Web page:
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9/22/2017 12:11:25 AM
Posted: 10/3/2003 5:36:08 PM EDT
There is a local dealer that has a Winchester M1 that he claims is "unfired". Ya, I know, I don't believe it either. It is in very nice shape, but does have quite a few stock dings and marrings to be "unfired". It looks very clean inside, but I would say it has been fired.

He has had it forever trying to get way too much for it, in my opinion. He is now coming down and told me I could have it for 800. I think there is still some room, but not much. What do everyday Winchester M1's go for? Is 800 too much? Thanks,
guns
Link Posted: 10/3/2003 6:15:38 PM EDT
CMP is not currently offering WRA (WInchester) M1s in service grade. Even the rack grades are few and far between.

800 is not unreasonable.

Understand that WRA M1s were only made during WWII and most were rebuilt several times over and over and retain few original parts.

If this gun were all original and never fired, it would not be 800, but several times that.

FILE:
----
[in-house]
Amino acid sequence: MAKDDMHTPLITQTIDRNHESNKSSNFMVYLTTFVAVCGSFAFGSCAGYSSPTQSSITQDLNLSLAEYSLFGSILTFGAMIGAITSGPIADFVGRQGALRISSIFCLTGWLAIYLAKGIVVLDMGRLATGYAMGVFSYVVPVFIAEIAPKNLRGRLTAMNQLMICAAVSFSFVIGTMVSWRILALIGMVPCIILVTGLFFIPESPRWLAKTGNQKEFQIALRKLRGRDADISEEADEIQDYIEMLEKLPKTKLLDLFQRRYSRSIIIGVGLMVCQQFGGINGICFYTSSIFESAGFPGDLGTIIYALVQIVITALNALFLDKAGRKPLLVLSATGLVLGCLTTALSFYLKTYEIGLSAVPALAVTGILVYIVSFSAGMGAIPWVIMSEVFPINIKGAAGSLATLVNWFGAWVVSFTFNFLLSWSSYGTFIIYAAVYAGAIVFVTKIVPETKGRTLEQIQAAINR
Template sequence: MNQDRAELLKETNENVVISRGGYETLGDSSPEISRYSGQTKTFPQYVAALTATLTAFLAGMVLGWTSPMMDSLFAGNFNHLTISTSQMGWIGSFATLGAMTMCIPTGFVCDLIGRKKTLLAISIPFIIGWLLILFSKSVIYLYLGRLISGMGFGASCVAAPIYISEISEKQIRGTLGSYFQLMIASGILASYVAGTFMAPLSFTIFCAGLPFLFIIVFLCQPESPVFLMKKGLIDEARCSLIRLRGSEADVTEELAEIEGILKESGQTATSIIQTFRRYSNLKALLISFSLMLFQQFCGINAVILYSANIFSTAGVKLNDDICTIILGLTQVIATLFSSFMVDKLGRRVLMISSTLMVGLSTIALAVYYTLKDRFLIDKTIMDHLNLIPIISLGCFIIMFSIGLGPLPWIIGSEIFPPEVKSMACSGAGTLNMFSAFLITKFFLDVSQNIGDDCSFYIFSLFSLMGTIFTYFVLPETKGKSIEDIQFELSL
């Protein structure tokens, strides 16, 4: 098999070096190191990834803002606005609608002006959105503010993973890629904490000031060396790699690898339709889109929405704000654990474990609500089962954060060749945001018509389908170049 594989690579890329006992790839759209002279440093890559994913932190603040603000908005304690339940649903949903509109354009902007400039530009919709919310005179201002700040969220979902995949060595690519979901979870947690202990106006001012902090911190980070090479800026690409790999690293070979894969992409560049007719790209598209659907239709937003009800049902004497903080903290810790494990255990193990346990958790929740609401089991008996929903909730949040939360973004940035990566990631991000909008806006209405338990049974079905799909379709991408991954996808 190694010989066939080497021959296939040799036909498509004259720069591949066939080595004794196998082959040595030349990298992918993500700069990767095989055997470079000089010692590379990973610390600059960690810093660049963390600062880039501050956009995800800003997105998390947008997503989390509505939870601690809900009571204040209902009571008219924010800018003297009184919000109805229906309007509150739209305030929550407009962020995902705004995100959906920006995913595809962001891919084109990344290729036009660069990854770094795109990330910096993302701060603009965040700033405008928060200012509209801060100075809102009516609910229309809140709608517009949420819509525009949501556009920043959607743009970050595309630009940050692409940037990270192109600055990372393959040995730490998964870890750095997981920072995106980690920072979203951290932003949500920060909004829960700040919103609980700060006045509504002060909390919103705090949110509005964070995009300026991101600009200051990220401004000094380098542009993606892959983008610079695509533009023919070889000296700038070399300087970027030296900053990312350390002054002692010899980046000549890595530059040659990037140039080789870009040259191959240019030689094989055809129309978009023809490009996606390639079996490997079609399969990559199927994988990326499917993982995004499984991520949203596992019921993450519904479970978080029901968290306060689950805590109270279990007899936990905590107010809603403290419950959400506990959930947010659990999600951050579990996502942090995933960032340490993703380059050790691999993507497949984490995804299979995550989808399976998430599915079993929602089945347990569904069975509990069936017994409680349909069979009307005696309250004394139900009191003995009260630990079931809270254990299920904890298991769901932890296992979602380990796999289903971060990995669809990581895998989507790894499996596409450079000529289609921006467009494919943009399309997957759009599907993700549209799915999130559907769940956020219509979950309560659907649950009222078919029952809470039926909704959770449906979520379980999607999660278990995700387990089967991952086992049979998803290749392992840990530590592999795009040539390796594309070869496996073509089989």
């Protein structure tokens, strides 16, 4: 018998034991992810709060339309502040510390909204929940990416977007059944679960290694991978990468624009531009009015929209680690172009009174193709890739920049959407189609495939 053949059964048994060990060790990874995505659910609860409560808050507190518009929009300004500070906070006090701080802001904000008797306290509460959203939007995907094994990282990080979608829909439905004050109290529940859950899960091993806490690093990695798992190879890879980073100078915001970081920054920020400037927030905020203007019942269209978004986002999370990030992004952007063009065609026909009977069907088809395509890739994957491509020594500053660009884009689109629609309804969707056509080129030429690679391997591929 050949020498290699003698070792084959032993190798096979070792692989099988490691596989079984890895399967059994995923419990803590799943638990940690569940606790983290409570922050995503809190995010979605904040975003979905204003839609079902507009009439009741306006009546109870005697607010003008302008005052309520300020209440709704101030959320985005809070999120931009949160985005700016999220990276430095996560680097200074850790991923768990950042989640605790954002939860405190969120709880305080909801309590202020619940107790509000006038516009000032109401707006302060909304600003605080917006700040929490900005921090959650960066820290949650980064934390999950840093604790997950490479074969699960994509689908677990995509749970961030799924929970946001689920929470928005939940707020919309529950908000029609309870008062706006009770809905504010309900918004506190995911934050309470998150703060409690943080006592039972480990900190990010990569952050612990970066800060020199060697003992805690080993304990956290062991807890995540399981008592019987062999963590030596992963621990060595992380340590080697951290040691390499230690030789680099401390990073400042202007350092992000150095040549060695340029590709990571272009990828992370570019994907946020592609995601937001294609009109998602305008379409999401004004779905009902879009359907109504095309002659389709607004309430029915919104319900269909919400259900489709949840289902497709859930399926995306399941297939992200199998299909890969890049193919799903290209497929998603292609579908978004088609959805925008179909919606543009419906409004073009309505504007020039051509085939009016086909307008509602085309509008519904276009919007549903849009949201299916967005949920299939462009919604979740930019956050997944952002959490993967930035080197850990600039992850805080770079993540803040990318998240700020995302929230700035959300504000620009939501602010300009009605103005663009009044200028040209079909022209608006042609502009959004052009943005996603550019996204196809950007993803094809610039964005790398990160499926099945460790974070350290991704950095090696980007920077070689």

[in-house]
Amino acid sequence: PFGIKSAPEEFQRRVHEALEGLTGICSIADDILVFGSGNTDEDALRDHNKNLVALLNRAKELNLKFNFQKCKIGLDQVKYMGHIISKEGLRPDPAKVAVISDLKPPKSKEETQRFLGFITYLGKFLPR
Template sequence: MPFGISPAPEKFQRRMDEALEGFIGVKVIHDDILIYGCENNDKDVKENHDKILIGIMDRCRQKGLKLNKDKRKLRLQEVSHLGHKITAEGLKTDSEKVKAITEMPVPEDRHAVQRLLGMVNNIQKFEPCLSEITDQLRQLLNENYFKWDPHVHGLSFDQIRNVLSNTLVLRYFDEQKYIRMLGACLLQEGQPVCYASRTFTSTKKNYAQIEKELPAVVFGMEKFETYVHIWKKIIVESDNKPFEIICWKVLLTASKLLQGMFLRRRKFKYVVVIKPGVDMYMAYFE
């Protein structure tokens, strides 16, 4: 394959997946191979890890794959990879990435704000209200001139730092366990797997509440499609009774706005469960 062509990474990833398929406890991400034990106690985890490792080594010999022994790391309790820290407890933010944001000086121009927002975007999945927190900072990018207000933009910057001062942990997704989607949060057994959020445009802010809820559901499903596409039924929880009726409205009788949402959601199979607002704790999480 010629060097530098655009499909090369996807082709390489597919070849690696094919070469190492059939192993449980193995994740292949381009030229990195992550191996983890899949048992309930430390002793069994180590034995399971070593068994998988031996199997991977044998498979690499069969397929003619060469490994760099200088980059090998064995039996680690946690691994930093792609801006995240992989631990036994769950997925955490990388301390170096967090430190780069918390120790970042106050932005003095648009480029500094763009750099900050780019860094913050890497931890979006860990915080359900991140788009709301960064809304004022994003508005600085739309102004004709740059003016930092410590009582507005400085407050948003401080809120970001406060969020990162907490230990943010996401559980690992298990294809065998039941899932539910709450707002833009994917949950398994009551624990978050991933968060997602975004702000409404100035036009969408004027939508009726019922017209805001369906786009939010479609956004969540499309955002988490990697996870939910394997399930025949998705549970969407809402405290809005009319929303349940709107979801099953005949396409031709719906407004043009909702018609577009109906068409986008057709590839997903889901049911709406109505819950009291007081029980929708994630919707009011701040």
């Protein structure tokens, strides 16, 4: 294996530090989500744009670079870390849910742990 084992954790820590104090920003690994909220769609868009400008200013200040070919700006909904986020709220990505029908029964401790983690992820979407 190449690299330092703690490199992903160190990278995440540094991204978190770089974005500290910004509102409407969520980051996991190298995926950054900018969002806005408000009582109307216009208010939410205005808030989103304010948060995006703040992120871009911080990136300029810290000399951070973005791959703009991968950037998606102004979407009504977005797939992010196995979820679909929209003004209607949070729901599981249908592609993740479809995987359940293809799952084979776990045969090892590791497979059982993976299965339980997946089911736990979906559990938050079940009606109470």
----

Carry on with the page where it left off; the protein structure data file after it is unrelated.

Maybe it has not been fired since rebuild, which could include new barrel and refinish. If that were the case it would mean a nice barrel and potential accuracy.

Is it an all USGI M1? Make sure it is not a reweld. Check the drawing numbers on the receiver. Check the parts and see if they are USGI.

If this is a USGI M1, (does he have any CMP or DCM paperwork), it may not be a bad price, not great but not bad either.

If is is an all original 6 digit WRA M1 buy it and i'll triple your $$
Link Posted: 10/3/2003 7:00:38 PM EDT
Pretty sure it is not a reweld. I don't have a clue if it is all matching. I guess I didn't look that close. I never looked at it real seriously until tonight, and I only had about 5min before my wife caught me with it!

I'll have to go take a closer look. I know he bought it from another dealer. I can't believe that the other dealer didn't know it was worth more. This guy was originally asking 1500. I'll be he paid about 750 for it. My bet is that the numbers are not matching, but I'm gonna check. If they are matching is it worth the 800? more? thanks,